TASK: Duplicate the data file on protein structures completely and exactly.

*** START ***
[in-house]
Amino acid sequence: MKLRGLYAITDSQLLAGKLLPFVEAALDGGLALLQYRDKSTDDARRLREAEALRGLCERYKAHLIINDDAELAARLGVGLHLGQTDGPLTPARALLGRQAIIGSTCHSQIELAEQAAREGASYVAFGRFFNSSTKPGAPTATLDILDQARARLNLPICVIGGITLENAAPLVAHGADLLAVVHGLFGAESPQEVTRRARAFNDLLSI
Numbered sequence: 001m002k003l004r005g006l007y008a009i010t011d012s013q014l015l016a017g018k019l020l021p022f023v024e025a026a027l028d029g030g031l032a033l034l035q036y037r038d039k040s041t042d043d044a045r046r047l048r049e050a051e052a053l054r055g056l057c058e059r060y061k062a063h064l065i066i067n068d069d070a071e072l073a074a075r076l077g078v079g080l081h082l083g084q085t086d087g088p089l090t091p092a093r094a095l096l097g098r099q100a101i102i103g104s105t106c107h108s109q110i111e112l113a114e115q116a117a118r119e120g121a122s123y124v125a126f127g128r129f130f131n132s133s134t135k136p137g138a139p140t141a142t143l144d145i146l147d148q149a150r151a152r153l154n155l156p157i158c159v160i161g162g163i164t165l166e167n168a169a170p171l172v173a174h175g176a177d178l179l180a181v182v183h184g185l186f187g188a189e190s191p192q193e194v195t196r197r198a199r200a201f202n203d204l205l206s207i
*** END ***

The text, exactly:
[in-house]
Amino acid sequence: MKLRGLYAITDSQLLAGKLLPFVEAALDGGLALLQYRDKSTDDARRLREAEALRGLCERYKAHLIINDDAELAARLGVGLHLGQTDGPLTPARALLGRQAIIGSTCHSQIELAEQAAREGASYVAFGRFFNSSTKPGAPTATLDILDQARARLNLPICVIGGITLENAAPLVAHGADLLAVVHGLFGAESPQEVTRRARAFNDLLSI
Numbered sequence: 001m002k003l004r005g006l007y008a009i010t011d012s013q014l015l016a017g018k019l020l021p022f023v024e025a026a027l028d029g030g031l032a033l034l035q036y037r038d039k040s041t042d043d044a045r046r047l048r049e050a051e052a053l054r055g056l057c058e059r060y061k062a063h064l065i066i067n068d069d070a071e072l073a074a075r076l077g078v079g080l081h082l083g084q085t086d087g088p089l090t091p092a093r094a095l096l097g098r099q100a101i102i103g104s105t106c107h108s109q110i111e112l113a114e115q116a117a118r119e120g121a122s123y124v125a126f127g128r129f130f131n132s133s134t135k136p137g138a139p140t141a142t143l144d145i146l147d148q149a150r151a152r153l154n155l156p157i158c159v160i161g162g163i164t165l166e167n168a169a170p171l172v173a174h175g176a177d178l179l180a181v182v183h184g185l186f187g188a189e190s191p192q193e194v195t196r197r198a199r200a201f202n203d204l205l206s207i